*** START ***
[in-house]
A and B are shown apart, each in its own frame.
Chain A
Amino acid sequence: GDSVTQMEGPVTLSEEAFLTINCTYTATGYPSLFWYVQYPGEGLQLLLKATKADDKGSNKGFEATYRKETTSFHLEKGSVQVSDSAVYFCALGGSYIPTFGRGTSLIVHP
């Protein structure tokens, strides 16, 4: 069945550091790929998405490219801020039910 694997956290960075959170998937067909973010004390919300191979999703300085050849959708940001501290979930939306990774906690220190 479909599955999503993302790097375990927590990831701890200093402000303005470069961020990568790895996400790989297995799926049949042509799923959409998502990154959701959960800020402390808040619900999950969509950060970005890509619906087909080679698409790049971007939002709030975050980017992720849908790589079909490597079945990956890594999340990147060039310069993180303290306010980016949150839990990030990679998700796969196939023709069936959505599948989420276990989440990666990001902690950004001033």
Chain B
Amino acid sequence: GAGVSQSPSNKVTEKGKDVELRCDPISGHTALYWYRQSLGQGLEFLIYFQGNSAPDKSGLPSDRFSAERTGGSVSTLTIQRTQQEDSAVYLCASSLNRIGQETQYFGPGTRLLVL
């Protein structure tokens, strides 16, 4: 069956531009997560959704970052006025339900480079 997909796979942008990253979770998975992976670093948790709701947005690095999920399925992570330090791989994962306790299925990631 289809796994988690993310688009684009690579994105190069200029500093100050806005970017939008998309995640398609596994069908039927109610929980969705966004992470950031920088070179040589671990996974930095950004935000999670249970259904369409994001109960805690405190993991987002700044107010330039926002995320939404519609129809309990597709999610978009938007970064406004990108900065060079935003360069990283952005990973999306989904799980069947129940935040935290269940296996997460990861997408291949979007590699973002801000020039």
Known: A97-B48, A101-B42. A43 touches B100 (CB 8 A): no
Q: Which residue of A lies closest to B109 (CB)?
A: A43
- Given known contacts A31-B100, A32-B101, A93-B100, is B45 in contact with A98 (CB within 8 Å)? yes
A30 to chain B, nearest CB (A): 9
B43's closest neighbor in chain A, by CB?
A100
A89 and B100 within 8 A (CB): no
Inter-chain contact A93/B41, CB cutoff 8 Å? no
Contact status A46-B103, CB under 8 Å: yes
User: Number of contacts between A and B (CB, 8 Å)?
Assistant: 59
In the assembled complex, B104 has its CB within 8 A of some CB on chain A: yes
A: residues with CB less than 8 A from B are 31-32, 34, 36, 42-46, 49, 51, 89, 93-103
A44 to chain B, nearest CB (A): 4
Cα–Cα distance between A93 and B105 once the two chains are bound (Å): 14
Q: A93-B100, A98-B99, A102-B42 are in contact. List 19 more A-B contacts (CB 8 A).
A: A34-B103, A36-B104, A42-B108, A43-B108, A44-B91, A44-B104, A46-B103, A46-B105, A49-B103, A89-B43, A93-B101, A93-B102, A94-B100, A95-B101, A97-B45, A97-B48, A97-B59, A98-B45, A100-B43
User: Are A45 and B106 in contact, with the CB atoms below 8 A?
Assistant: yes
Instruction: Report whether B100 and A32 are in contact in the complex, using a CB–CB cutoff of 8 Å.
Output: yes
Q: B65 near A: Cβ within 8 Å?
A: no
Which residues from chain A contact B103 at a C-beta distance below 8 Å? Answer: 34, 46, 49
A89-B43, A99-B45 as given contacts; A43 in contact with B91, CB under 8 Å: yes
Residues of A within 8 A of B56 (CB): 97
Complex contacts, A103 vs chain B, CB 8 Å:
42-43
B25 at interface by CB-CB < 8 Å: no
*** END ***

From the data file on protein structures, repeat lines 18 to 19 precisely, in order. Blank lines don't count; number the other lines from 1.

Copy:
Contact status A46-B103, CB under 8 Å: yes
User: Number of contacts between A and B (CB, 8 Å)?